This summer, Midwest Chamber Ensemble released its third album: “Vieux Amis-Nouveaux Costumes” (Old Friends in New Clothes).
It’s a Francophile delight. The album features works by American composer Philip Lasser, including arrangements of song settings by Gabriel Fauré and Claude Debussy. MCE performs the songs with vocalist Sarah Tannehill Anderson.
The songs are written for soprano and a chamber ensemble of eclectic instrumentation, co-commissioned by the Juilliard School and Carnegie Hall for Ensemble Connect.
The cycle’s title came from a statement by famed French soprano Natalie Dessay, who premiered the work with Ensemble Connect.
When MCE’s music director, Steve N. Lewis, Jr., first heard about the project, he knew that he wanted to perform the songs with MCE, and that Tannehill Anderson would be the perfect partner. “It was all one thought, right there.”
The album fits succinctly in MCE’s oeuvre, combining the timbres of 20th-century impressionism and the tenets of 19th-century form, presented with modern sensibility. There’s a gentle pulse to the rhymes as the colors shimmer and elide, like light and shadow on the surface of a pond.
Lasser, who teaches at the Juilliard School in New York City, upholds a strong French tradition. He studied with Nadia Boulanger at the Ecole d’Arts Americaines as a young student and lived in Paris at the start of his career.
Lewis met Lasser at the European American Music Alliance a few years ago. Lasser is the director of the summer program in Paris designed to continue the pedagogical method of Boulanger.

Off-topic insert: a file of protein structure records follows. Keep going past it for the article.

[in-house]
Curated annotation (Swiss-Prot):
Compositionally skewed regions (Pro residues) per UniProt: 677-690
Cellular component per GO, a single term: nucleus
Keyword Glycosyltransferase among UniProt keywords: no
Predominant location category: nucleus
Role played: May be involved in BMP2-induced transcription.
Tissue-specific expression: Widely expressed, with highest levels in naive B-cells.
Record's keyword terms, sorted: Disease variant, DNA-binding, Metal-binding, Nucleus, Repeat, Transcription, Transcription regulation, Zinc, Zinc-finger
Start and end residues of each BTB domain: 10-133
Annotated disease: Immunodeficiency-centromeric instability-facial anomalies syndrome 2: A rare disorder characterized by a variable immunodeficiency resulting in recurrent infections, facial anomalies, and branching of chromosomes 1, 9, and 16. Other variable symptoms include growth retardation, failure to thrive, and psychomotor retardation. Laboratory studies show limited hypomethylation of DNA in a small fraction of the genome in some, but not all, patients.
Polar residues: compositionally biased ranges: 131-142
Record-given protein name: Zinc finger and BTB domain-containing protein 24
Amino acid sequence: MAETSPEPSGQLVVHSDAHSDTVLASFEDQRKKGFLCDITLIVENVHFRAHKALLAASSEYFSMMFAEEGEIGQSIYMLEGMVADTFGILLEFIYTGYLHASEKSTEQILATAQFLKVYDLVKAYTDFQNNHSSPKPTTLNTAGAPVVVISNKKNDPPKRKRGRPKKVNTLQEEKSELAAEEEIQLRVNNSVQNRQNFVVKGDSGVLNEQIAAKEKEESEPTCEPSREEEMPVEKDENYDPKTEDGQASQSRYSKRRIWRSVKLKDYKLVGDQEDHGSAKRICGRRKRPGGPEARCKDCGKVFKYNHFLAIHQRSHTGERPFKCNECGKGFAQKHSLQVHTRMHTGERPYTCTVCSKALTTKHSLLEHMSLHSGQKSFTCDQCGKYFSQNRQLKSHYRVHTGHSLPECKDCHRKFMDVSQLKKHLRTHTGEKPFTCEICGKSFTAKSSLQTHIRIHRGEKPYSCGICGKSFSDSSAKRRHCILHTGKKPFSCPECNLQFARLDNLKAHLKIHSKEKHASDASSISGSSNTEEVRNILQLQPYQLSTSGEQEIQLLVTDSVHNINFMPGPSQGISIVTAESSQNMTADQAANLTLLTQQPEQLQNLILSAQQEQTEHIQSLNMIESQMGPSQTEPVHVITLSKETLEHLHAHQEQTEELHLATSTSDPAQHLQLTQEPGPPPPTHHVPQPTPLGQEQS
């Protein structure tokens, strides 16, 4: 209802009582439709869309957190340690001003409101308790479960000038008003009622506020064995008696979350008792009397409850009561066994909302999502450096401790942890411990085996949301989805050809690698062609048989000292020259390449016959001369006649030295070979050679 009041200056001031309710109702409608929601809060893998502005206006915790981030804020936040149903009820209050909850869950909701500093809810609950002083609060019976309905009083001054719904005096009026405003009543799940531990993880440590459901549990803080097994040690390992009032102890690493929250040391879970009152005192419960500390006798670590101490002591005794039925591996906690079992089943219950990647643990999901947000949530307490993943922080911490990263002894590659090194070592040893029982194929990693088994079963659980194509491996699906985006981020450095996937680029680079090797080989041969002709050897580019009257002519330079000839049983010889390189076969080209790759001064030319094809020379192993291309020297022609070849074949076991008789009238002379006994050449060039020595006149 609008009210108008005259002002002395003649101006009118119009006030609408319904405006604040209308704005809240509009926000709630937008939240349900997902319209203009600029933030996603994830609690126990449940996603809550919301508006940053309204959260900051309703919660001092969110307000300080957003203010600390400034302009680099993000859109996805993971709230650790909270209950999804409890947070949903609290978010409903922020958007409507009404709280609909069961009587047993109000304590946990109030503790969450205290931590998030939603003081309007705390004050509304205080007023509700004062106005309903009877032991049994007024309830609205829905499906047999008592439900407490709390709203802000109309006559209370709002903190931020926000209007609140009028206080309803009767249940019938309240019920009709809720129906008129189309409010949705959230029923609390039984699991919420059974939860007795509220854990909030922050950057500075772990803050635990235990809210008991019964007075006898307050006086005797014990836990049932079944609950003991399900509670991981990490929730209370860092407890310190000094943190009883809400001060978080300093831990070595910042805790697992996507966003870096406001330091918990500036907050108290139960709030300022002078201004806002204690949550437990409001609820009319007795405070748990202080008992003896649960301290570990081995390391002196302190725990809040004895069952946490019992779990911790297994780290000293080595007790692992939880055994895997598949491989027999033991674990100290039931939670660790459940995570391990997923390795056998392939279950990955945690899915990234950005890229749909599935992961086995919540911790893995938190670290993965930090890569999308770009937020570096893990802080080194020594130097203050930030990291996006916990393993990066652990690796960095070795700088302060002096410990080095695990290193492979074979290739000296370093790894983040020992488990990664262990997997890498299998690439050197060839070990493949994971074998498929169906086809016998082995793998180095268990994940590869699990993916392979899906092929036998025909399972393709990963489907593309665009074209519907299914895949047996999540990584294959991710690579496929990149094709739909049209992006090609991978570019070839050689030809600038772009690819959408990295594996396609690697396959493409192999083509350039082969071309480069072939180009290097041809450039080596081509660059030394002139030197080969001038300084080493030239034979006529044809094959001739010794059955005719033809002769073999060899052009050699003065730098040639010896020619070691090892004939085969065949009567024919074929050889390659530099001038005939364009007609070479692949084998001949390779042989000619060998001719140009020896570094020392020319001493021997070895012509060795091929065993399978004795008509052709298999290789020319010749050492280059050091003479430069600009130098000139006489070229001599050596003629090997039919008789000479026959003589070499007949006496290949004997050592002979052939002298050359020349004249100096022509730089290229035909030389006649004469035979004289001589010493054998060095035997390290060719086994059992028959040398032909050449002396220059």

“A lot of his teaching centers around communicating the lineage with the past through Boulanger back to Fauré and even further,” Lewis said. “He’s very passionate about keeping tradition alive and communicating that to students in the hope that that will live on.”
Lineage and tradition are integral components for MCE, too. “Our mission as an ensemble is to present music of the classical tradition, and that is a very broad concept that’s ranging from presenting the music of Bach and earlier up until the present day,” Lewis said.
Performing and promoting new compositions is an integral part of MCE’s mission. “As soon as we give up on the idea of new music, the tradition and the lineage stop,” said Lewis.
But it’s not all about the newest of the new, he said. Too often, work is premiered, then shelved. “While premieres and commissions are very important, sometimes it is the second and third performances that can be more meaningful and more impactful.” That was part of his desire to not just perform the Lasser works for a one-off concert, but to record them.
The album also includes work for violin and piano, cello and piano, and a quintet for flute and strings, arranged, said Lewis, “to show a lineage from Fauré and Debussy through Dr. Lasser’s own music.”
Along with the goal of supporting the tradition of classical music is supporting the next generation of musicians, and in September, MCE hosts “Youth at Their Best,” featuring concerto winners Cameron Quick and Matthew Liu.
On Oct. 20, MCE performs “A Schubert Mass” with the Kansas City Kansas Community College Choir. This concert explores the lineage of Romanticism, including Franz Schubert’s G Major Mass, Pyotr Tchaikovsky’s “Serenade,” and a work by Nicolas Flagello. Flagello is a 20th-century American neo-Romantic composer who, in Lewis’ opinion, not nearly enough people have heard of, so he’s excited to connect MCE audiences with an unfamiliar voice.
That’s one his favorite parts about MCE, said Lewis: “finding music off the beaten path and relating it to the tradition of the past and where the tradition is moving.”
Midwest Chamber Ensemble albums are available at performances, CD Baby and locally at Luyben Music and Vinyl Renaissance.